US President Barack Obama warned Tuesday that Russia would be to blame for keeping aid from desperate Syrian civilians if it blocked a UN resolution designed to lift the siege of Homs.
Obama also heaped pressure on the Kremlin as US concern grows about the pace of Syrian compliance with a deal to hand over its chemical weapons stocks for destruction.
Obama's tough line came with President Vladimir Putin's government focused on the Winter Olympics in Sochi, but fighting its corner, and that of its ally Syria, at the United Nations.
He branded the Kremlin as a "holdout" against a Security Council resolution which would allow the delivery of food, shelter, medical aid and water to Homs and other cities where thousands of civilians are trapped by fighting.
"There is great unanimity among most of the Security Council on this resolution," Obama said.
He said Secretary of State John Kerry had told Russia that "they cannot say that they are concerned about the well-being of the Syrian people when they are starving civilians."
"It is not just the Syrians that are responsible, the Russians (are) as well if they are blocking this kind of resolution," Obama said at a White House press conference with French President Francois Hollande.
Western states want Russia to back a draft resolution which calls on all parties to "immediately end the sieges of the Old City of Homs" and other Syrian cities.
Russian Foreign Minister Sergei Lavrov said though that the draft was "absolutely unacceptable," because it contained an ultimatum for the government of President Bashar al-Assad.
"Instead of engaging in everyday, meticulous work to resolve problems that block deliveries of humanitarian aid, they see a new resolution as some kind of simplistic solution," he said.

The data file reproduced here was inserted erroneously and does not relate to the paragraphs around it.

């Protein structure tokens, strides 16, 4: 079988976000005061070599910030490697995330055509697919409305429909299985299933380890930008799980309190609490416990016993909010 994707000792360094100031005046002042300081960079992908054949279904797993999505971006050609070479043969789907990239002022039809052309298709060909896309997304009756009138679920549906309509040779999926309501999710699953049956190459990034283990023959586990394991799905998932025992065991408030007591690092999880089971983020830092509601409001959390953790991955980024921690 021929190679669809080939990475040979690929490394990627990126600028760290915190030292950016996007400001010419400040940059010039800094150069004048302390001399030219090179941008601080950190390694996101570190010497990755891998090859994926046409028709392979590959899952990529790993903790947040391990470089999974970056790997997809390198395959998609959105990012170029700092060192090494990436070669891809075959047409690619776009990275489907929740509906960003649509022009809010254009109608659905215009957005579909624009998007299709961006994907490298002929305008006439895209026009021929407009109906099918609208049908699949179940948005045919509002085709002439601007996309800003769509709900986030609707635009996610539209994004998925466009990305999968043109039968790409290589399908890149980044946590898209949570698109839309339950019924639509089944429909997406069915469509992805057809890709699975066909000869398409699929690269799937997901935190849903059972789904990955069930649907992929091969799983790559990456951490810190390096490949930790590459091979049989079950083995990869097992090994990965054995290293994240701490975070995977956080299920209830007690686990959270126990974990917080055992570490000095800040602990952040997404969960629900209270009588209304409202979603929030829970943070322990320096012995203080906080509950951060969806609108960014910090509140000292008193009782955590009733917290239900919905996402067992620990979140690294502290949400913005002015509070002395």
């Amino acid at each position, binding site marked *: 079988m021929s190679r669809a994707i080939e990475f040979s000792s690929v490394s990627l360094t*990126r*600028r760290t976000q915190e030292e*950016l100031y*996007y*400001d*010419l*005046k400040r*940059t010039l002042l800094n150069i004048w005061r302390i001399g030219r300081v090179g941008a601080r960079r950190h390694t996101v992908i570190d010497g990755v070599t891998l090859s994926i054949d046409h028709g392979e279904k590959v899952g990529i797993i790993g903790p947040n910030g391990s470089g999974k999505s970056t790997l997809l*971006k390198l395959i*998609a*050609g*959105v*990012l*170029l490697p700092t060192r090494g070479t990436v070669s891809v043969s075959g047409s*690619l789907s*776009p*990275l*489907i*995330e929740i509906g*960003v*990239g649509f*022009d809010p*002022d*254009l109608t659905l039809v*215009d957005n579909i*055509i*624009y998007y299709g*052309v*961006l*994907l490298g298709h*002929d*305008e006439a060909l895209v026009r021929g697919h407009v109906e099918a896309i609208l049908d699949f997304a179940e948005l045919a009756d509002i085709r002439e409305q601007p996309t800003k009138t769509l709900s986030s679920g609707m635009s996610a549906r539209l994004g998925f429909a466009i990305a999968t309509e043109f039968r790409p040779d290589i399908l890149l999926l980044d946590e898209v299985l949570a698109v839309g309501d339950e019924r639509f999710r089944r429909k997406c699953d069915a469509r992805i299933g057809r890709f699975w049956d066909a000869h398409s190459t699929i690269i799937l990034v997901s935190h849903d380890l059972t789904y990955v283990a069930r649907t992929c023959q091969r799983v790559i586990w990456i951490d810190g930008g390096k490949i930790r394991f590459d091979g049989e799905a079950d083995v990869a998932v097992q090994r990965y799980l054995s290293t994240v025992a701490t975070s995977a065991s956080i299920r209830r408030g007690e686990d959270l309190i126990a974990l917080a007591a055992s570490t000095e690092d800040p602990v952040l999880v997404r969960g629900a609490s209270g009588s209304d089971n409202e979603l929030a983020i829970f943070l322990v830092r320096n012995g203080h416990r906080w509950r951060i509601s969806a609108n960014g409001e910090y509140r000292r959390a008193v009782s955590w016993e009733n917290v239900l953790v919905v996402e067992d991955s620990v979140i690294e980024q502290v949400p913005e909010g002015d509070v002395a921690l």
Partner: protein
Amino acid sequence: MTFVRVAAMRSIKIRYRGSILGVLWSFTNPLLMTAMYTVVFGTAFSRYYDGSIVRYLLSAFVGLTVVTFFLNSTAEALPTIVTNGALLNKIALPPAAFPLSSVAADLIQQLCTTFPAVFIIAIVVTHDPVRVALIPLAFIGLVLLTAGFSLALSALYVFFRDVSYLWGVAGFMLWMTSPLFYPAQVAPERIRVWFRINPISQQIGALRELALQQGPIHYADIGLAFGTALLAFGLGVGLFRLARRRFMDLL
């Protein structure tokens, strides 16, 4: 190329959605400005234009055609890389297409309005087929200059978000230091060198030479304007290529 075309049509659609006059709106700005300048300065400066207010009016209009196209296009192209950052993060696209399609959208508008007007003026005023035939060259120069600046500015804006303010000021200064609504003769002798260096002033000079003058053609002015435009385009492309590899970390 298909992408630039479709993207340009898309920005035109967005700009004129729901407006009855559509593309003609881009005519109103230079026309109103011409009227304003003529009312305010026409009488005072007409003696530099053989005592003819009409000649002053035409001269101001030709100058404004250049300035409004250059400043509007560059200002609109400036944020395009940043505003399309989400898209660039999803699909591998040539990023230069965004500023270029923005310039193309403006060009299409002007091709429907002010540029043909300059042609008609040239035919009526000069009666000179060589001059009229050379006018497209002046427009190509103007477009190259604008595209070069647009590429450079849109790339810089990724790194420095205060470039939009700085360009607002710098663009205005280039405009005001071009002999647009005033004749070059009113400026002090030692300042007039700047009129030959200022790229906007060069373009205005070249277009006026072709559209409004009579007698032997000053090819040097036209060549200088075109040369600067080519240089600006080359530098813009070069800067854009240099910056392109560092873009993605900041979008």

The resolution is not binding and does not provide for automatic sanctions.
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But if its demands were not enacted within 15 days, the Council could vote for sanctions targeting those who blocked delivery of humanitarian aid or harmed civilians.
Obama also laid down a warning to Russia over the chemical weapons deal agreed between Moscow and Russia to avert US strikes on Syria last year.
Washington has said only limited shipments of chemicals have so far left the Syrian port of Latakia -- far fewer than the 700 tonnes Damascus was to hand over by the end of 2013, under a US-Russia brokered agreement.
"Syria must meet its commitments and Russia has a responsibility to ensure that Syria complies," Obama said.
Russian Ambassador to the United Nations Vitaly Churkin said last week that despite rising US reservations, things were "moving along" with the chemical weapons deal.
Obama admitted that Syria had indeed missed some deadlines, as his political opponents warn the sluggish pace of disposal exposes the weapons deal as unworkable.
Yet Obama said that the agreement had allowed for the cataloguing of all chemical weapons stocks in Syria.
The UN Security Council last year backed the US-Russian deal to destroy Syria's vast chemical arsenal as a way to avert US strikes threatened after chemical attacks near Damascus that Washington blamed on the regime.
Under the agreement, Syria's entire chemical arsenal is due to be eliminated by June 30.
Western powers accuse President Bashar al-Assad's regime of purposefully delaying the operations, while Syria stresses the challenges it faces in meeting its commitments during a time of war.
Following widespread commentary that talks in Geneva to bring government and opposition supporters together to search for an end of a civil war was a failure -- Obama chose to see the merest of silver linings.
"I would not completely discount the fact that in this latest round of negotiations, what you saw was a coherent, cohesive, reasonable opposition in the same room for the first time negotiating directly with the regime.
"Now, the regime, Assad's regime, wasn't particularly responsive, and I think even some of their patrons were disturbed by their belligerence."